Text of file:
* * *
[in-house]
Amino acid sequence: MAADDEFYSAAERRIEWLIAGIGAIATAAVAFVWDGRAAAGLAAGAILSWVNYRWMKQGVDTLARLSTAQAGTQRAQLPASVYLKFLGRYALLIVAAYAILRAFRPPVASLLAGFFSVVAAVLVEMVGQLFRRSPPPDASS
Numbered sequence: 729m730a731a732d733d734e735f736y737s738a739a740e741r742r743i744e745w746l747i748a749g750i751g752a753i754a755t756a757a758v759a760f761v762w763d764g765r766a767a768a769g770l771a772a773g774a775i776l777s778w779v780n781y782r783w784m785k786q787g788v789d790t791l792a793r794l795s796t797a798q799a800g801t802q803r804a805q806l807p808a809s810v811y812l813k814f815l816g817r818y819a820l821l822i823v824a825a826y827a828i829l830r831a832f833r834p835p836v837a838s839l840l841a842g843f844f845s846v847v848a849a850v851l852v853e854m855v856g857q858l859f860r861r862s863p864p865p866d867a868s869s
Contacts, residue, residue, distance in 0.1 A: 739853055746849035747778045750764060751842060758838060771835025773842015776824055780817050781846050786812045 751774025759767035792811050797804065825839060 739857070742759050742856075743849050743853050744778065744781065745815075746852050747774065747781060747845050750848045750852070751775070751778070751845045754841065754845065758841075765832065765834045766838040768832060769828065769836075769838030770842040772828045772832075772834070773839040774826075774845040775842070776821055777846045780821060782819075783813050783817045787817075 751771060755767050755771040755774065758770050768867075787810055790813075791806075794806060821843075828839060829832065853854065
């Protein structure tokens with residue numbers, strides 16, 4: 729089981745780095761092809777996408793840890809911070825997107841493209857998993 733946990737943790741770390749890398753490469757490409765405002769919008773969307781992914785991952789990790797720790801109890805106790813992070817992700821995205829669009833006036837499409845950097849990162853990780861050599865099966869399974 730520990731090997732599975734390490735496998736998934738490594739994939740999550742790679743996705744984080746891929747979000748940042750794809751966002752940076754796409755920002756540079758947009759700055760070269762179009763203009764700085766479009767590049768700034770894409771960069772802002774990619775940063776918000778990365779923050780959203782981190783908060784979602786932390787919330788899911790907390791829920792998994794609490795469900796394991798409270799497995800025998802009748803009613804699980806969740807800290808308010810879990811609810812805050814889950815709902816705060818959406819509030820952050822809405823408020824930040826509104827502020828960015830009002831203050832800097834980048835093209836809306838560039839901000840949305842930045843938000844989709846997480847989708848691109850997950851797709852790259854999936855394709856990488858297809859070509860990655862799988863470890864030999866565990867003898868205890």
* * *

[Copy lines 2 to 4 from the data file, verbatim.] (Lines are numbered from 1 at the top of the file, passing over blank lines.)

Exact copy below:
Amino acid sequence: MAADDEFYSAAERRIEWLIAGIGAIATAAVAFVWDGRAAAGLAAGAILSWVNYRWMKQGVDTLARLSTAQAGTQRAQLPASVYLKFLGRYALLIVAAYAILRAFRPPVASLLAGFFSVVAAVLVEMVGQLFRRSPPPDASS
Numbered sequence: 729m730a731a732d733d734e735f736y737s738a739a740e741r742r743i744e745w746l747i748a749g750i751g752a753i754a755t756a757a758v759a760f761v762w763d764g765r766a767a768a769g770l771a772a773g774a775i776l777s778w779v780n781y782r783w784m785k786q787g788v789d790t791l792a793r794l795s796t797a798q799a800g801t802q803r804a805q806l807p808a809s810v811y812l813k814f815l816g817r818y819a820l821l822i823v824a825a826y827a828i829l830r831a832f833r834p835p836v837a838s839l840l841a842g843f844f845s846v847v848a849a850v851l852v853e854m855v856g857q858l859f860r861r862s863p864p865p866d867a868s869s
Contacts, residue, residue, distance in 0.1 A: 739853055746849035747778045750764060751842060758838060771835025773842015776824055780817050781846050786812045 751774025759767035792811050797804065825839060 739857070742759050742856075743849050743853050744778065744781065745815075746852050747774065747781060747845050750848045750852070751775070751778070751845045754841065754845065758841075765832065765834045766838040768832060769828065769836075769838030770842040772828045772832075772834070773839040774826075774845040775842070776821055777846045780821060782819075783813050783817045787817075 751771060755767050755771040755774065758770050768867075787810055790813075791806075794806060821843075828839060829832065853854065